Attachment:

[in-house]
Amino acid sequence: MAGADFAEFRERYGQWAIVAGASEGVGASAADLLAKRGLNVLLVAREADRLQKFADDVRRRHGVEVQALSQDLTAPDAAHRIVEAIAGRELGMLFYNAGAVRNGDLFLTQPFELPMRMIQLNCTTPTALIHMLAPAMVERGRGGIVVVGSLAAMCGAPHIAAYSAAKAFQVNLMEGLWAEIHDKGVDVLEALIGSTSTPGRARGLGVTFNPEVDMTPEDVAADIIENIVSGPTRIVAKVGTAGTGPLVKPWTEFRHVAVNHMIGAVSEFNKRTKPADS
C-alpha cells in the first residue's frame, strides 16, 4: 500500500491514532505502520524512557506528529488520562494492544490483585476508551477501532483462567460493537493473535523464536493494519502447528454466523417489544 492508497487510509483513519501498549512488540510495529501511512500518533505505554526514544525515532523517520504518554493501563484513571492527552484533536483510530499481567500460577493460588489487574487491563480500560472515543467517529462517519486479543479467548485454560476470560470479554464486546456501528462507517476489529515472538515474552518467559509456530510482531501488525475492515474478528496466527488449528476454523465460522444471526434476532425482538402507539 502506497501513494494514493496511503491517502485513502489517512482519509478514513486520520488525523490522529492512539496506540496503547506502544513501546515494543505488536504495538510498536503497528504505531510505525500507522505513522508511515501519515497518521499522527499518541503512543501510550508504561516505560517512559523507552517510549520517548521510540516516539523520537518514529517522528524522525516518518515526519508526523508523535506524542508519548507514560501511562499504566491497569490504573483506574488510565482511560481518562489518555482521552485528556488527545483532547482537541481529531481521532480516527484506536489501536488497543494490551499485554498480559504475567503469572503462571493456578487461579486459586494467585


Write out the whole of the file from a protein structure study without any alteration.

[in-house]
Amino acid sequence: MAGADFAEFRERYGQWAIVAGASEGVGASAADLLAKRGLNVLLVAREADRLQKFADDVRRRHGVEVQALSQDLTAPDAAHRIVEAIAGRELGMLFYNAGAVRNGDLFLTQPFELPMRMIQLNCTTPTALIHMLAPAMVERGRGGIVVVGSLAAMCGAPHIAAYSAAKAFQVNLMEGLWAEIHDKGVDVLEALIGSTSTPGRARGLGVTFNPEVDMTPEDVAADIIENIVSGPTRIVAKVGTAGTGPLVKPWTEFRHVAVNHMIGAVSEFNKRTKPADS
C-alpha cells in the first residue's frame, strides 16, 4: 500500500491514532505502520524512557506528529488520562494492544490483585476508551477501532483462567460493537493473535523464536493494519502447528454466523417489544 492508497487510509483513519501498549512488540510495529501511512500518533505505554526514544525515532523517520504518554493501563484513571492527552484533536483510530499481567500460577493460588489487574487491563480500560472515543467517529462517519486479543479467548485454560476470560470479554464486546456501528462507517476489529515472538515474552518467559509456530510482531501488525475492515474478528496466527488449528476454523465460522444471526434476532425482538402507539 502506497501513494494514493496511503491517502485513502489517512482519509478514513486520520488525523490522529492512539496506540496503547506502544513501546515494543505488536504495538510498536503497528504505531510505525500507522505513522508511515501519515497518521499522527499518541503512543501510550508504561516505560517512559523507552517510549520517548521510540516516539523520537518514529517522528524522525516518518515526519508526523508523535506524542508519548507514560501511562499504566491497569490504573483506574488510565482511560481518562489518555482521552485528556488527545483532547482537541481529531481521532480516527484506536489501536488497543494490551499485554498480559504475567503469572503462571493456578487461579486459586494467585